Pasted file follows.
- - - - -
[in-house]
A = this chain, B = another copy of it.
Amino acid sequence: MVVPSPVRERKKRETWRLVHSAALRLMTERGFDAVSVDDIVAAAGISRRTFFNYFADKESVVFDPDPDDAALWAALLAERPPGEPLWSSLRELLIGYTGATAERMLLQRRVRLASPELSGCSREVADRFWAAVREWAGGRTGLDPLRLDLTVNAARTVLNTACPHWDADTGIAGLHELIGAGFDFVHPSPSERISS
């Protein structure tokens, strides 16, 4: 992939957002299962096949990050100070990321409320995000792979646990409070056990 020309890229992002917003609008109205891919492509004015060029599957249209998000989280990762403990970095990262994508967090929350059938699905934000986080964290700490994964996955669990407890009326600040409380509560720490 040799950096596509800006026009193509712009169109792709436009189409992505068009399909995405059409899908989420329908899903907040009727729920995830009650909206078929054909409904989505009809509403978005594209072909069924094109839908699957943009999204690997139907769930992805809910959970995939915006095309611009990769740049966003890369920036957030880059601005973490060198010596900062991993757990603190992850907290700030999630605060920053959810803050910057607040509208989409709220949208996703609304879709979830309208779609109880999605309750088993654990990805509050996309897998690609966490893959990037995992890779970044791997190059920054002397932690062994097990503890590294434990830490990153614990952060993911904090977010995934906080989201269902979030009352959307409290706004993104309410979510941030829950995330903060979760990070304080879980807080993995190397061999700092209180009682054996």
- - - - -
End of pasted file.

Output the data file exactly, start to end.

[in-house]
A = this chain, B = another copy of it.
Amino acid sequence: MVVPSPVRERKKRETWRLVHSAALRLMTERGFDAVSVDDIVAAAGISRRTFFNYFADKESVVFDPDPDDAALWAALLAERPPGEPLWSSLRELLIGYTGATAERMLLQRRVRLASPELSGCSREVADRFWAAVREWAGGRTGLDPLRLDLTVNAARTVLNTACPHWDADTGIAGLHELIGAGFDFVHPSPSERISS
């Protein structure tokens, strides 16, 4: 992939957002299962096949990050100070990321409320995000792979646990409070056990 020309890229992002917003609008109205891919492509004015060029599957249209998000989280990762403990970095990262994508967090929350059938699905934000986080964290700490994964996955669990407890009326600040409380509560720490 040799950096596509800006026009193509712009169109792709436009189409992505068009399909995405059409899908989420329908899903907040009727729920995830009650909206078929054909409904989505009809509403978005594209072909069924094109839908699957943009999204690997139907769930992805809910959970995939915006095309611009990769740049966003890369920036957030880059601005973490060198010596900062991993757990603190992850907290700030999630605060920053959810803050910057607040509208989409709220949208996703609304879709979830309208779609109880999605309750088993654990990805509050996309897998690609966490893959990037995992890779970044791997190059920054002397932690062994097990503890590294434990830490990153614990952060993911904090977010995934906080989201269902979030009352959307409290706004993104309410979510941030829950995330903060979760990070304080879980807080993995190397061999700092209180009682054996």